A review of President Barack Obama and his White House's interaction with congressional Democrats and Republicans reveals a troubling narrative: On too many issues, the president and his staff treat friends like enemies and enemies like friends. This is troubling because, I believe, the overwhelming majority of congressional Republicans are enemies of this president. They are dedicated to his failure in office, and no amount of bipartisanship or compromise on his part will ever change that reality. It will only embolden Republicans to demand more capitulation. They will oppose him no matter what, and he should govern himself accordingly. Dealing with them is a waste of time. Instead, he is quick to anger with those who are with him more frequently (congressional Democrats) than his political enemies (congressional Republicans).
This was made plain by President Obama's comments following the announcement of a deal with congressional Republicans on Bush-era tax cuts. What began as a single-issue matter -- whether to extend those tax cuts -- morphed into a fiscal-relief gumbo that will add $700 billion to the national debt. Particularly galling is the estate-tax capitulation. The agreement set an exemption of $5 million per individual and a maximum rate of 35 percent for two years. The estate tax, which was dormant this year, was going to return in 2011 with an exemption of $1 million and maximum rate of 55 percent. Other aspects of the deal include an extension of jobless benefits through 2011 and payroll tax cut by 2 percent for every American worker through the end of next year. Ultimately, all you need to know about the deal can be found in its supporters and critics. Very few Republicans are unhappy with this deal, despite its massive damage to the deficit/debt, while a critical mass of Democrats are trying to clean the residue out of their Christmas stockings from the lump of coal Obama gave them. Meanwhile, Republicans are working to undermine the healthcare reform he just signed into law and other presidential initiatives. And yet, he still deals with them as if they really want to do the right thing. Give me a break.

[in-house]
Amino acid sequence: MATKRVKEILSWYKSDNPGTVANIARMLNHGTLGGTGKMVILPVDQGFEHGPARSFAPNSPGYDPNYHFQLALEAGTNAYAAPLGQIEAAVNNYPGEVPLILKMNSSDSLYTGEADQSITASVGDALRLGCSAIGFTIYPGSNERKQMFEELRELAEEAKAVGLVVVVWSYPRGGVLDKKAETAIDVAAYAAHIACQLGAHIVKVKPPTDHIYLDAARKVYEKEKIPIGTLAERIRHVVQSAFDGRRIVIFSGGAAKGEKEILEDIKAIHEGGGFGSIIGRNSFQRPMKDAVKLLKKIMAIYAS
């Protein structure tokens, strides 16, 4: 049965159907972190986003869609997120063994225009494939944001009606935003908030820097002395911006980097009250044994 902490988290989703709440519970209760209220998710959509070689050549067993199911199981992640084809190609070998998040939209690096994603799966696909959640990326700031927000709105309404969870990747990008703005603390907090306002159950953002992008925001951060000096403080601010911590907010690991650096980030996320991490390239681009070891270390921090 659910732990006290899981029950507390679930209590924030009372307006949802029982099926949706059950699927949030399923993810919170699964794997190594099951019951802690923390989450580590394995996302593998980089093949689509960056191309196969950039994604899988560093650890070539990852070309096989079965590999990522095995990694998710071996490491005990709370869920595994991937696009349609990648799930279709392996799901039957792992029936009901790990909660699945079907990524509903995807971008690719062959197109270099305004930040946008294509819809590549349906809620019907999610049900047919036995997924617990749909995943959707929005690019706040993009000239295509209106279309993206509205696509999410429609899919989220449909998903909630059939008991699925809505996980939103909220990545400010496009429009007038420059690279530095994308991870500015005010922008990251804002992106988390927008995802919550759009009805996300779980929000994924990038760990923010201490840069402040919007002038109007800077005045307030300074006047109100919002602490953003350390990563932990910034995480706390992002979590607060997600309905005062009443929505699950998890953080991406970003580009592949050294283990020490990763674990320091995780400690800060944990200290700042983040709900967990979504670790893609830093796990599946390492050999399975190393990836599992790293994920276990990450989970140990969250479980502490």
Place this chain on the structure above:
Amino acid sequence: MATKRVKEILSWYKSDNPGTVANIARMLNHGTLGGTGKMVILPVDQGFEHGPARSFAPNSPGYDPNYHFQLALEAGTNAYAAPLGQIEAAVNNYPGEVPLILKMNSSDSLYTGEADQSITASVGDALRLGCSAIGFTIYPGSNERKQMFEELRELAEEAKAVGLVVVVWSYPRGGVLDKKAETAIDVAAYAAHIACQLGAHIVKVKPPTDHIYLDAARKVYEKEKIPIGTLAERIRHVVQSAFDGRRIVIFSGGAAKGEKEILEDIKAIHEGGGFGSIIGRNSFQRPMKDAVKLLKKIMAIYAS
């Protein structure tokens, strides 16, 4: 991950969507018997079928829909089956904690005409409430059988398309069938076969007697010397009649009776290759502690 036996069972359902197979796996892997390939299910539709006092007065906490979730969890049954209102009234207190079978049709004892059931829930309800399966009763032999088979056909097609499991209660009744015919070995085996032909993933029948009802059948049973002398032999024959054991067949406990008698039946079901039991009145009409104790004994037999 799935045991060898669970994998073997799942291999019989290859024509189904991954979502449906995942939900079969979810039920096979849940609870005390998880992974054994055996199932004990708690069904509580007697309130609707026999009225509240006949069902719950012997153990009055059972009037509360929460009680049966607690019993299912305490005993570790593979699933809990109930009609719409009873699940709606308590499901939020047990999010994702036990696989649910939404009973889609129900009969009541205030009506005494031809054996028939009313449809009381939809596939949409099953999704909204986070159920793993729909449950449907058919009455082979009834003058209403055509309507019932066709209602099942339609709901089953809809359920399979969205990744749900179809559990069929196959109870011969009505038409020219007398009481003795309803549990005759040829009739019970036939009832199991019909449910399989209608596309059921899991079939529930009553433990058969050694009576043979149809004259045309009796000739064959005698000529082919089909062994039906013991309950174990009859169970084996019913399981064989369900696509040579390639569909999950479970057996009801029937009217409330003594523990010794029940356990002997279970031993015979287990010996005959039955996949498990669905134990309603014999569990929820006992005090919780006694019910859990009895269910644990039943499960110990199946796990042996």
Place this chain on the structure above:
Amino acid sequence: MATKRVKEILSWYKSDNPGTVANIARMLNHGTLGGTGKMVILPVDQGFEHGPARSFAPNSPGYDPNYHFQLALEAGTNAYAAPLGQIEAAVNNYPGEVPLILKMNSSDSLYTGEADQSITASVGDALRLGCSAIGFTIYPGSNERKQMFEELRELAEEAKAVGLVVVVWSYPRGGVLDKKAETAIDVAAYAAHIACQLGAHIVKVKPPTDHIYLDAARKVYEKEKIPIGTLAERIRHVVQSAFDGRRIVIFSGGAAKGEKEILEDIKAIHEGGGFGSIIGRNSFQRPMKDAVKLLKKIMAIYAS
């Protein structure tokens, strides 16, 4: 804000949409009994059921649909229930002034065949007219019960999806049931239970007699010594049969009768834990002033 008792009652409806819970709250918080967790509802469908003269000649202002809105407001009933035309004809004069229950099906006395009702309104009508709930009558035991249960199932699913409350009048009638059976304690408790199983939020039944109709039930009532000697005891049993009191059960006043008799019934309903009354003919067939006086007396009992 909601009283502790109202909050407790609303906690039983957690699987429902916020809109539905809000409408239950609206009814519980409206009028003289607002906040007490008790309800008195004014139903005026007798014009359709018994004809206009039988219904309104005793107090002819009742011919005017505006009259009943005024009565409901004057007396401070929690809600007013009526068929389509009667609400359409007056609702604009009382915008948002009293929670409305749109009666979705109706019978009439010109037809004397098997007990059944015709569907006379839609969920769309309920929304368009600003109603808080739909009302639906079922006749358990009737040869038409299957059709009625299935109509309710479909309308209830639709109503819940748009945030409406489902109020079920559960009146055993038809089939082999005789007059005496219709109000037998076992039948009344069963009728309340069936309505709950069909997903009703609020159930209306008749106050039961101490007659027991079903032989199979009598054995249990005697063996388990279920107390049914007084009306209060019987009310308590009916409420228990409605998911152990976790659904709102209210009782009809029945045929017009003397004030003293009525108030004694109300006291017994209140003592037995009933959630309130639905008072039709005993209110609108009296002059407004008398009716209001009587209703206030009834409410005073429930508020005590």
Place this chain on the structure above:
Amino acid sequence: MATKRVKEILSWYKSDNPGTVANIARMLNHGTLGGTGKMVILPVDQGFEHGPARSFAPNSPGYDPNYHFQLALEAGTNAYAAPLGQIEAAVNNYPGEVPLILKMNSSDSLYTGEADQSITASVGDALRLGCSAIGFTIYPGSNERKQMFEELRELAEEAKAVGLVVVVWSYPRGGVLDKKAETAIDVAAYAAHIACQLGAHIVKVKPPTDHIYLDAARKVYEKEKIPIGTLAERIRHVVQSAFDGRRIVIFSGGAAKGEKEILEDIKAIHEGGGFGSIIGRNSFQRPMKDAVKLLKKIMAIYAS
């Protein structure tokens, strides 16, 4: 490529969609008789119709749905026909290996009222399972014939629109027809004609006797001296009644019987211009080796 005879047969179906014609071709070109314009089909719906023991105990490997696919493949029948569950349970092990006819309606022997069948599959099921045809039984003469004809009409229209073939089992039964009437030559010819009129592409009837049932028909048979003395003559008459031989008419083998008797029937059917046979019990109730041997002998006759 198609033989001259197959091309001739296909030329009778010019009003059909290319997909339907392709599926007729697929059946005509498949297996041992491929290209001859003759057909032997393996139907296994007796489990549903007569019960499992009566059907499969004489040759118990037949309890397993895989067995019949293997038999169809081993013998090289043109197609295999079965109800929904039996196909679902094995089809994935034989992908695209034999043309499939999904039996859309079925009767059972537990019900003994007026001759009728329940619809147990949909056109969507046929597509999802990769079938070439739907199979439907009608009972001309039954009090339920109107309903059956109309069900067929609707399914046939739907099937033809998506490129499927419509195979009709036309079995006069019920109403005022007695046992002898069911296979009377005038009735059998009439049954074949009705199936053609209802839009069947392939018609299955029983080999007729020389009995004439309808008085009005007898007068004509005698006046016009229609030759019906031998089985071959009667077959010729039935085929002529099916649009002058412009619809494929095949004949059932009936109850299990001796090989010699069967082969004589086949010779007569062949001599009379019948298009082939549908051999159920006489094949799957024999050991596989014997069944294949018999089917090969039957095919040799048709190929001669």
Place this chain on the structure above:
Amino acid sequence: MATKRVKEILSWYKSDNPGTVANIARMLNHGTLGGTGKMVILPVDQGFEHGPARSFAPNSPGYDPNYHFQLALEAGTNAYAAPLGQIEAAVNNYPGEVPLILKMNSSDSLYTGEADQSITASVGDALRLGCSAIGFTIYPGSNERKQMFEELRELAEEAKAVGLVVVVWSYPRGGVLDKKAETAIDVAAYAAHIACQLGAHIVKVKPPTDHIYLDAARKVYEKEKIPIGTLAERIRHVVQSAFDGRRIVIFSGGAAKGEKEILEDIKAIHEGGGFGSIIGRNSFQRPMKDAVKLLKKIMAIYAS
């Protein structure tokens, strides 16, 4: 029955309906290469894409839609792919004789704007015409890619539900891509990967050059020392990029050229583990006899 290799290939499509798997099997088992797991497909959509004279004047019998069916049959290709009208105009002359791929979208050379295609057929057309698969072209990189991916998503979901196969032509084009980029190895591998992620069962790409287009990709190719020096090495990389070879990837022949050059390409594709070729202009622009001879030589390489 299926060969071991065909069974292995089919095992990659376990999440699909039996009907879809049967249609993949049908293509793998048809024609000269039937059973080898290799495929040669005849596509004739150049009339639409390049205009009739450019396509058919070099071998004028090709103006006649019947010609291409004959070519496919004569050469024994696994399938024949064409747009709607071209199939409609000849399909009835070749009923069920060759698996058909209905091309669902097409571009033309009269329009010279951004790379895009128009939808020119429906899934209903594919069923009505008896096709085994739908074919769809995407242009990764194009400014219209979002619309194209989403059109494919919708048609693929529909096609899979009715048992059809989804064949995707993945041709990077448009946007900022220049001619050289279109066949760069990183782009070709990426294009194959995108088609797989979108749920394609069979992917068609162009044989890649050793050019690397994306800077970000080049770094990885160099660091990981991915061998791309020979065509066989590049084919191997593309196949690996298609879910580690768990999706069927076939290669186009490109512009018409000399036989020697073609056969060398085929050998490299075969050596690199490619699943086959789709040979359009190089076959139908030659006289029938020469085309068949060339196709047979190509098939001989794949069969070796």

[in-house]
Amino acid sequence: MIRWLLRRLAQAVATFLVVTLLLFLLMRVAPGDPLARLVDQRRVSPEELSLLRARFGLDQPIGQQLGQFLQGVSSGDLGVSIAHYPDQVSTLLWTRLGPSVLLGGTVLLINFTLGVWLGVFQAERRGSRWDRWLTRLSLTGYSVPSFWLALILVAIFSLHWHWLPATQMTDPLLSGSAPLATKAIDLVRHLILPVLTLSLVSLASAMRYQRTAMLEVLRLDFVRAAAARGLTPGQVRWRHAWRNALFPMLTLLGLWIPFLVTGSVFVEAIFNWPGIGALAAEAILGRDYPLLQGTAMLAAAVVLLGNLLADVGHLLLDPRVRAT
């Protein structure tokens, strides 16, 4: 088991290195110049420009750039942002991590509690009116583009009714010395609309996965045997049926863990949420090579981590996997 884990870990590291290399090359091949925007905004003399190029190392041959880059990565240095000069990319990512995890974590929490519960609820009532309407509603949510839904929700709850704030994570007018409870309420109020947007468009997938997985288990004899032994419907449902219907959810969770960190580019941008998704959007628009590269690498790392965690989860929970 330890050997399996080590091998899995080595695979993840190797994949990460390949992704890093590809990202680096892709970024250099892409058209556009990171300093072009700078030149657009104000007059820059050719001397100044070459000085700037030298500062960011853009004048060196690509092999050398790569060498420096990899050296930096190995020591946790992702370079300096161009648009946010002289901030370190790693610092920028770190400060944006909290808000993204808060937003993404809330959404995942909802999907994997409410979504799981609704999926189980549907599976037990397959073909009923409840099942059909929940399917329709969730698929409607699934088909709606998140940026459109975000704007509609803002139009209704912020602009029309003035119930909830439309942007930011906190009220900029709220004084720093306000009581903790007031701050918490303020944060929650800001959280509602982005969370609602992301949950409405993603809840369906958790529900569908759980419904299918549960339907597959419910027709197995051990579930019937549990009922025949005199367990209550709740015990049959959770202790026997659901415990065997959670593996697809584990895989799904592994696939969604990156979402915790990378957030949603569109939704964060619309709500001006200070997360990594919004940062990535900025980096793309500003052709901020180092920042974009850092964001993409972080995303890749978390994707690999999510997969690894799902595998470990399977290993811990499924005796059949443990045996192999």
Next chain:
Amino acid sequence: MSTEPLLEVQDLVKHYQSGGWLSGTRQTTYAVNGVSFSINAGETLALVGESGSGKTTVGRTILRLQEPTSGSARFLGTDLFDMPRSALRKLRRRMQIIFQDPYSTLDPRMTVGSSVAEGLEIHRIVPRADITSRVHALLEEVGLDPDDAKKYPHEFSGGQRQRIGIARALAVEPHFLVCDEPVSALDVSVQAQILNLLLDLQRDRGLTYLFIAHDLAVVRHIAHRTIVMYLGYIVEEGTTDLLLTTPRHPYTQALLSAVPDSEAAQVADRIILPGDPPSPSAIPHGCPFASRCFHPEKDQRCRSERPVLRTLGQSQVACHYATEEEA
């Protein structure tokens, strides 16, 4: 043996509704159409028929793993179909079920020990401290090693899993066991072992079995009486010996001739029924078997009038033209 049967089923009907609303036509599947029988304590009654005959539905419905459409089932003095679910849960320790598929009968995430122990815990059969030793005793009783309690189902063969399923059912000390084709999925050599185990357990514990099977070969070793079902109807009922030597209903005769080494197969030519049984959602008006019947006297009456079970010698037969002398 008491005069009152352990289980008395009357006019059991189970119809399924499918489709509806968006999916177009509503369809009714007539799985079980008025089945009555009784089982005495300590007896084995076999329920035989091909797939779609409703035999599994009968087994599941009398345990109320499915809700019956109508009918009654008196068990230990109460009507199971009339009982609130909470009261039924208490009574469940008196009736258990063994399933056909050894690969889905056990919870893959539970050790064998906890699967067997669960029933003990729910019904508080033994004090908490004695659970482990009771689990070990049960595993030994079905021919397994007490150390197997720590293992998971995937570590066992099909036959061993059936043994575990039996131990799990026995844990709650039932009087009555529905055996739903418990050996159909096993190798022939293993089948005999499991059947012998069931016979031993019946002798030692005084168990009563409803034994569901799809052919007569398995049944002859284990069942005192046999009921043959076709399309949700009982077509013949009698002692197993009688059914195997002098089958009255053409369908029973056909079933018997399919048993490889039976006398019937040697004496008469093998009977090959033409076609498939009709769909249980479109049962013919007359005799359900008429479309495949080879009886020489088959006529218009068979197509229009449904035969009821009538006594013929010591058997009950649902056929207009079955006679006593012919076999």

George W. Bush, an incompetent president, never treated his base as contemptuously as Obama deals with liberals. Even when Bush angered them -- No Child Left Behind and rampant federal spending, for example -- he worked hard to keep them in the fold. Not so with Obama. He responded to the criticism launched from within Democratic ranks that he sold out his campaign promise to let the tax cuts lapse by dismissing his critics as sanctimonious and fixated on purist policymaking. This unproductive response is part of a trend. White House Press Secretary Robert Gibbs derided the "professional left." Former Chief of Staff Rahm Emanuel lashed out at some liberal groups as "f+@king retarded" for their plans to run ads against conservative Democrats opposed to the president's health-care plan. These and other examples will likely be duly noted when the fundraising requests for the 2012 reelection campaign begin to hit the mailboxes of the sanctimonious professional left retards that elected Obama in the first place.
Worst of all in this may be his statement that he agreed to extend the tax cuts because the Republicans were holding the middle-class tax cuts hostage to the high end. In effect, he gave the GOP a roadmap to rolling him -- hold hostage something he wants until he agrees to give you what you want. It also appears that you won't have to hold the hostage very long before he gives in. How can he fight the Republicans tomorrow when he folded up his tent so quickly today?
Michael Fauntroy is associate professor of public policy at George Mason University.